Selected historical census data for the Richmond Valley local government area
Census year 2001[7] 2006[8] 2011[6]
Population Estimated residents on Census night 20,326 21,313 22,037
LGA rank in terms of size within New South Wales 67
% of New South Wales population 0.32%
% of Australian population 0.11% Steady 0.11% Decrease 0.10%
Cultural and language diversity
top responses
Australian 35.6%
English 31.4%
Irish 9.6%
Scottish 6.6%
German 3.1%
top responses
(other than English)
Italian 0.3% Steady 0.3% Steady 0.3%
Dutch n/c n/c Increase 0.1%
German 0.1% Steady 0.1% Steady 0.1%
Tagalog 0.1% Steady 0.1% Steady 0.1%
Filipino n/c Increase 0.1% Steady 0.1%
Religious affiliation
Religious affiliation,
top responses
Catholic 29.0% Decrease 28.2% Decrease 27.4%
Anglican 29.4% Decrease 27.4% Decrease 26.3%
No Religion 9.9% Increase 13.1% Increase 16.8%
Presbyterian and Reformed 7.6% Decrease 7.5% Decrease 6.6%
Uniting Church 7.5% Decrease 6.0% Decrease 5.7%
Median weekly incomes
Personal income Median weekly personal income A$342 A$407
% of Australian median income 73.4% Decrease 70.5%
Family income Median weekly family income A$826 A$956
% of Australian median income 70.5% Decrease 64.6%
Household income Median weekly household income A$651 A$789
% of Australian median income 63.4% Increase 63.9%


Current composition and election method[edit]

Richmond Valley Council is composed of seven Councillors, including the Mayor, for a fixed four-year term of office. The Mayor is directly elected while the six other Councillors are elected proportionally as one entire ward. The most recent election was held on 10 September 2016, and the makeup of the Council, including the Mayor, is as follows:[9][10]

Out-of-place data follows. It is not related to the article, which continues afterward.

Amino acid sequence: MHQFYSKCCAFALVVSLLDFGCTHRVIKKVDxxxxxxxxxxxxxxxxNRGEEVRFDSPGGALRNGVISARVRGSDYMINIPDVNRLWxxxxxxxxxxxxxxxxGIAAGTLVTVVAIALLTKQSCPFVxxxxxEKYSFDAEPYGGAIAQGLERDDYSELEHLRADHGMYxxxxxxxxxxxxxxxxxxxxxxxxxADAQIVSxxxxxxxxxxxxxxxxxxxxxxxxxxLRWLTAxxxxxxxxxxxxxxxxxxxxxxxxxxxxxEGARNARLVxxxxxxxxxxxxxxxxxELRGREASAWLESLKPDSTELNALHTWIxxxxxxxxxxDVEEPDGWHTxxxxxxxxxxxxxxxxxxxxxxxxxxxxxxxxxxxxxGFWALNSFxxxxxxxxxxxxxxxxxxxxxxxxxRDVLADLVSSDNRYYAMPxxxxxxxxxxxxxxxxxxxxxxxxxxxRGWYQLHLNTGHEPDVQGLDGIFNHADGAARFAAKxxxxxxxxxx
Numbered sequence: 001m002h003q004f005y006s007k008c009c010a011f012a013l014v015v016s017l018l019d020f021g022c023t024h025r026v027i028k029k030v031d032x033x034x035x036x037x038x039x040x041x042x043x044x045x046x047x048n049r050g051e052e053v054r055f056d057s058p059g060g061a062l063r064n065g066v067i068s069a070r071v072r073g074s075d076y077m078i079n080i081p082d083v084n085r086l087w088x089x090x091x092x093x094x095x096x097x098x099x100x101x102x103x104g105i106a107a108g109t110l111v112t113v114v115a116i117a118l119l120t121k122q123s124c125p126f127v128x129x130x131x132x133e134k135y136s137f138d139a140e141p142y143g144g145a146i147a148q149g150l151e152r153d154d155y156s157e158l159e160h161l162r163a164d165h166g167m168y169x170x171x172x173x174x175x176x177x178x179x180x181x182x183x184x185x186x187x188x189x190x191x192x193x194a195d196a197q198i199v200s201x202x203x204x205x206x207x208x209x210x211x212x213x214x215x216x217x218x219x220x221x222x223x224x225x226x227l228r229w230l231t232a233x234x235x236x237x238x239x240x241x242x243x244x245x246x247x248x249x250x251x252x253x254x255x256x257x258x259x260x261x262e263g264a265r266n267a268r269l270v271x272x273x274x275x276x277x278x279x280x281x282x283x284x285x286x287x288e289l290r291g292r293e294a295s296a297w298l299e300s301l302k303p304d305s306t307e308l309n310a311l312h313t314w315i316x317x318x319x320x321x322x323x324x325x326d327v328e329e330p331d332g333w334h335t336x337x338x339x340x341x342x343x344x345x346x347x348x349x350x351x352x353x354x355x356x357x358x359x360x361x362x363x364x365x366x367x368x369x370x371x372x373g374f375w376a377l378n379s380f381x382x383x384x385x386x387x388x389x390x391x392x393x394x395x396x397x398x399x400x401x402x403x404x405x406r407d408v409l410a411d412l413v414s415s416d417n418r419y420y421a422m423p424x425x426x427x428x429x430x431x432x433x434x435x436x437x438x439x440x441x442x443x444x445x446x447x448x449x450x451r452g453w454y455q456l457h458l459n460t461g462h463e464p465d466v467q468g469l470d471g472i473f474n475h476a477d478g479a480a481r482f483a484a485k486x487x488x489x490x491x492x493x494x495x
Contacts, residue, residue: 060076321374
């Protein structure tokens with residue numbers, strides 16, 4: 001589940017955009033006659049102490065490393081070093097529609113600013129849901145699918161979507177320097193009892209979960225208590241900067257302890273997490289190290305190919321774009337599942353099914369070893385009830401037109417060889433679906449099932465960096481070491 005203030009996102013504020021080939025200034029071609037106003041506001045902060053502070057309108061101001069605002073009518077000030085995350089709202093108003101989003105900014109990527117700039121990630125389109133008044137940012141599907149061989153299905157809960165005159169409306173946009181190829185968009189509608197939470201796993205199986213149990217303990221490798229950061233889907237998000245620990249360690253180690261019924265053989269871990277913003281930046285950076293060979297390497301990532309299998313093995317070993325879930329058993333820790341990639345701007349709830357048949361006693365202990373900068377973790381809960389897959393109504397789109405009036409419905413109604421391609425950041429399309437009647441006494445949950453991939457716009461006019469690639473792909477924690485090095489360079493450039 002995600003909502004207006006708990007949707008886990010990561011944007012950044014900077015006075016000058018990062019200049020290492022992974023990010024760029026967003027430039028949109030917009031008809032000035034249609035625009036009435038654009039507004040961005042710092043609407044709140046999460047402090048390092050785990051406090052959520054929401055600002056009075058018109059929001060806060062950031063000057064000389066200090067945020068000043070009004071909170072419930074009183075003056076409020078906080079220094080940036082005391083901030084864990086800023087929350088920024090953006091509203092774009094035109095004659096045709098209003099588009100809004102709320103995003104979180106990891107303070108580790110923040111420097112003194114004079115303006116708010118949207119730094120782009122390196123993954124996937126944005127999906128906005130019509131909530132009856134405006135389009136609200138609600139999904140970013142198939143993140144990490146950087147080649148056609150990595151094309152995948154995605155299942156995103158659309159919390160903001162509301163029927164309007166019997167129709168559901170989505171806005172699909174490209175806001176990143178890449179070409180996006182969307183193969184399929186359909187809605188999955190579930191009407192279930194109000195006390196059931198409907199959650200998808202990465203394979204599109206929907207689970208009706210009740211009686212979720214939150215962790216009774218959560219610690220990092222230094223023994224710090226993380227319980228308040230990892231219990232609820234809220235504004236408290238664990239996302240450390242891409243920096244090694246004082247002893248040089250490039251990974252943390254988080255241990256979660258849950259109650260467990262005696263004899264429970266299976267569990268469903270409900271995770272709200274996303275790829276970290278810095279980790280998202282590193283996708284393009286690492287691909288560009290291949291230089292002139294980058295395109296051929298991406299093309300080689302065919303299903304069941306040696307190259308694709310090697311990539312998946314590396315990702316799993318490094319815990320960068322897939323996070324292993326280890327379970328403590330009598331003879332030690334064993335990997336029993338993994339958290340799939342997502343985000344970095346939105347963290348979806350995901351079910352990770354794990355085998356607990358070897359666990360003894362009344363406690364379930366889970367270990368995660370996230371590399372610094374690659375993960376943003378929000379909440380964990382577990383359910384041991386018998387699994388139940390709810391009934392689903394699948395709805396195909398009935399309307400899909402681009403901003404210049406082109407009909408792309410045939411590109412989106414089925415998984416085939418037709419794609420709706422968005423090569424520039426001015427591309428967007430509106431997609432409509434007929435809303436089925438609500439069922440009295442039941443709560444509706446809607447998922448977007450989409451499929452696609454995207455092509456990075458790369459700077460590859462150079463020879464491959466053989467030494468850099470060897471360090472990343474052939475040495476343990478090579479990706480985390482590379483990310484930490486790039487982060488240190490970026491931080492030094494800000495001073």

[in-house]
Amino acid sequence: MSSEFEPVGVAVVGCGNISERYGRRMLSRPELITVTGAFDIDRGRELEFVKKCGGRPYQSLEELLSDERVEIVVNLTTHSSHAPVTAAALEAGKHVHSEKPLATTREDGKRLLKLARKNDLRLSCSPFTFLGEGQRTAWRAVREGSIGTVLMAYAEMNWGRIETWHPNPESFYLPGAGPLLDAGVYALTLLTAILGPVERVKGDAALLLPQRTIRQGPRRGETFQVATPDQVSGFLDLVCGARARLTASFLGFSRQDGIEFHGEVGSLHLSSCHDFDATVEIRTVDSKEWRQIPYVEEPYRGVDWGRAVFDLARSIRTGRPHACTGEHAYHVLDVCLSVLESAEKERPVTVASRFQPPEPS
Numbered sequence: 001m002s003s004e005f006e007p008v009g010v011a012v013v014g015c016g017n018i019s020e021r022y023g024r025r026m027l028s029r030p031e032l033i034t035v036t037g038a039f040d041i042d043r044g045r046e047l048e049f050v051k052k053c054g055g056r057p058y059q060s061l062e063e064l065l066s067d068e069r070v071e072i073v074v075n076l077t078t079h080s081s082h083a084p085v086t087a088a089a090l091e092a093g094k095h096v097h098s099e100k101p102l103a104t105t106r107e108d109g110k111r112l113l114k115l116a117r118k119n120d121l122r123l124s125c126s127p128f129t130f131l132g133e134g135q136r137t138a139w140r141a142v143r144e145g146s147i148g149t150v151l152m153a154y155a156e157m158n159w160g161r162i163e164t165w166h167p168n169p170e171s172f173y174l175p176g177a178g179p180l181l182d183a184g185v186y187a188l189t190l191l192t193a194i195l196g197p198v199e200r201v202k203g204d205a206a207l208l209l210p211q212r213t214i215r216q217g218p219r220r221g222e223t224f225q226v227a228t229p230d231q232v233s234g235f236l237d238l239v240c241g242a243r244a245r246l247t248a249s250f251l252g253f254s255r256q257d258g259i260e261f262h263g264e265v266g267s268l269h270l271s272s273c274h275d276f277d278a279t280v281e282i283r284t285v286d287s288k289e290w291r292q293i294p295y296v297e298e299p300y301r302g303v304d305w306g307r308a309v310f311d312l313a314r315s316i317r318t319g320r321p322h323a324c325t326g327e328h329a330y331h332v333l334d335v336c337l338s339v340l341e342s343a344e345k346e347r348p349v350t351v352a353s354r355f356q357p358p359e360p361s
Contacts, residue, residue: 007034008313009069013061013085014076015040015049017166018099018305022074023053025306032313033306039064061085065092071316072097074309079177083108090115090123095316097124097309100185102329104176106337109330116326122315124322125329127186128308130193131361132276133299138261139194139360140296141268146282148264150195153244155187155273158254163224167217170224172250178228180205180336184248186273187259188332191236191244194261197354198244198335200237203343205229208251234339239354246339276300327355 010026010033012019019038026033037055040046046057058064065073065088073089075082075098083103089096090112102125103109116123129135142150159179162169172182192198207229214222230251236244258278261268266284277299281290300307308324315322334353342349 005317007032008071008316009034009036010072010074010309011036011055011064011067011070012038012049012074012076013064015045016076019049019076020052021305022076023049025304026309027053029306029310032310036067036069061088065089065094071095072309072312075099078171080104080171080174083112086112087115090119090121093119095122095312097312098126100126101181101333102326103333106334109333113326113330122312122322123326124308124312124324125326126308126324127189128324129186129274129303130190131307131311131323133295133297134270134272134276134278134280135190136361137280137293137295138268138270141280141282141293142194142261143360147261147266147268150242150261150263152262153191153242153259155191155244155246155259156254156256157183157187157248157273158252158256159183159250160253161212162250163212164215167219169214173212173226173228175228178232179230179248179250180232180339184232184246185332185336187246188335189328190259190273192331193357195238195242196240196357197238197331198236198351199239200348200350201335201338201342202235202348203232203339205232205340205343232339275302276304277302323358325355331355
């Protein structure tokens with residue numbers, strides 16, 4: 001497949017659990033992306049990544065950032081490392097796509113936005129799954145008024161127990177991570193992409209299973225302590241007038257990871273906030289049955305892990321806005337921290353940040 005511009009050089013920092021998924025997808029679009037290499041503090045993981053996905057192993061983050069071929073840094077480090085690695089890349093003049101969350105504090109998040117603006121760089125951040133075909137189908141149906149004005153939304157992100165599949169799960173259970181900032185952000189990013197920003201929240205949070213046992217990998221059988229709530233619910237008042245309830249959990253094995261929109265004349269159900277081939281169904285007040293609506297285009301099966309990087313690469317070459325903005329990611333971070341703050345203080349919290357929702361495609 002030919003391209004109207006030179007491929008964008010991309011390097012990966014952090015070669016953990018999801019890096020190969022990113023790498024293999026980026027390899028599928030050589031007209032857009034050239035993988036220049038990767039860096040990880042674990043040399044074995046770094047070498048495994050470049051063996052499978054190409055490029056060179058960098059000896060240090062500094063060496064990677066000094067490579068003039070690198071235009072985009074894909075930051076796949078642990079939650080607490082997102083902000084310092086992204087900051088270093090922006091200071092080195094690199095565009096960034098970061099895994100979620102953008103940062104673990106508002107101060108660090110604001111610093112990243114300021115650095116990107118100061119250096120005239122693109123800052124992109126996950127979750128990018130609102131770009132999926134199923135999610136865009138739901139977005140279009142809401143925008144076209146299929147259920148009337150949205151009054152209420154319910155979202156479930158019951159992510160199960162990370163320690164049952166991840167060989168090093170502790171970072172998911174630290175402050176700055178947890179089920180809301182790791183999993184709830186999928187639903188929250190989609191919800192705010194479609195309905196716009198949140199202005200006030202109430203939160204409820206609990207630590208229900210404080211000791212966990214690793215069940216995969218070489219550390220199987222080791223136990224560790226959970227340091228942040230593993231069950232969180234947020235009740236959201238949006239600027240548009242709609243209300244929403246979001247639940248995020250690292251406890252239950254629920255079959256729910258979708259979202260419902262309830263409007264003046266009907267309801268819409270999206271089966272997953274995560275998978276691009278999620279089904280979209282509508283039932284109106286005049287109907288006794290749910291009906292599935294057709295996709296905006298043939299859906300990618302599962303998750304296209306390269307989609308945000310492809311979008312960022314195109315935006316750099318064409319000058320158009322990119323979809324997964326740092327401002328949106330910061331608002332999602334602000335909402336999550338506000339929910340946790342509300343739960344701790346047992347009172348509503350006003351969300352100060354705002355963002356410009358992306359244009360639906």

Party Councillors
  Independents and Unaligned 7
Total 7

The current Council, elected in 2012, in order of election by ward, is:[10]

Councillor Party Notes
  Robert Mustow Independent Mayor[9]
  Steve Morrissey Independent
  Daniel Simpson Unaligned
  Sandra Duncan-Humphrys Independent
  Robert Hayes Independent
  Sam Cornish Independent
  Jill Lyons Independent

See also[edit]


  1. ^ "3218.0 – Regional Population Growth, Australia, 2014–15". Australian Bureau of Statistics. Retrieved 29 September 2016. 
  2. ^ "Richmond Valley Council". Department of Local Government. Retrieved 19 November 2006. 
  3. ^
  4. ^ "Richmond Valley Council History". Your Council. Tweed Valley Council. Retrieved 28 May 2016. 
  5. ^ "High Conservation Value Old Growth forest, New South Wales State Heritage Register (NSW SHR) Number H01487". New South Wales State Heritage Register. Office of Environment and Heritage. Retrieved 18 May 2018. 
  6. ^ a b c d Australian Bureau of Statistics (31 October 2012). "Richmond Valley (A)". 2011 Census QuickStats. Retrieved 10 April 2015.  Edit this at Wikidata
  7. ^ a b Australian Bureau of Statistics (9 March 2006). "Richmond Valley (A)". 2001 Census QuickStats. Retrieved 22 May 2016. 
  8. ^ a b Australian Bureau of Statistics (25 October 2007). "Community Profile Series : Richmond Valley (A) (Local Government Area)". 2006 Census of Population and Housing. Retrieved 27 May 2016. 
  9. ^ a b "Richmond Valley Council - Mayoral Election". Local Government Election 2016. New South Wales Electoral Commission. 19 September 2016. Retrieved 13 October 2016. 
  10. ^ a b "Richmod Valley Council: Summary of First Preference and Group Votes for each Candidate". Local Government Election 2016. New South Wales Electoral Commission. 19 September 2016. Retrieved 13 October 2016.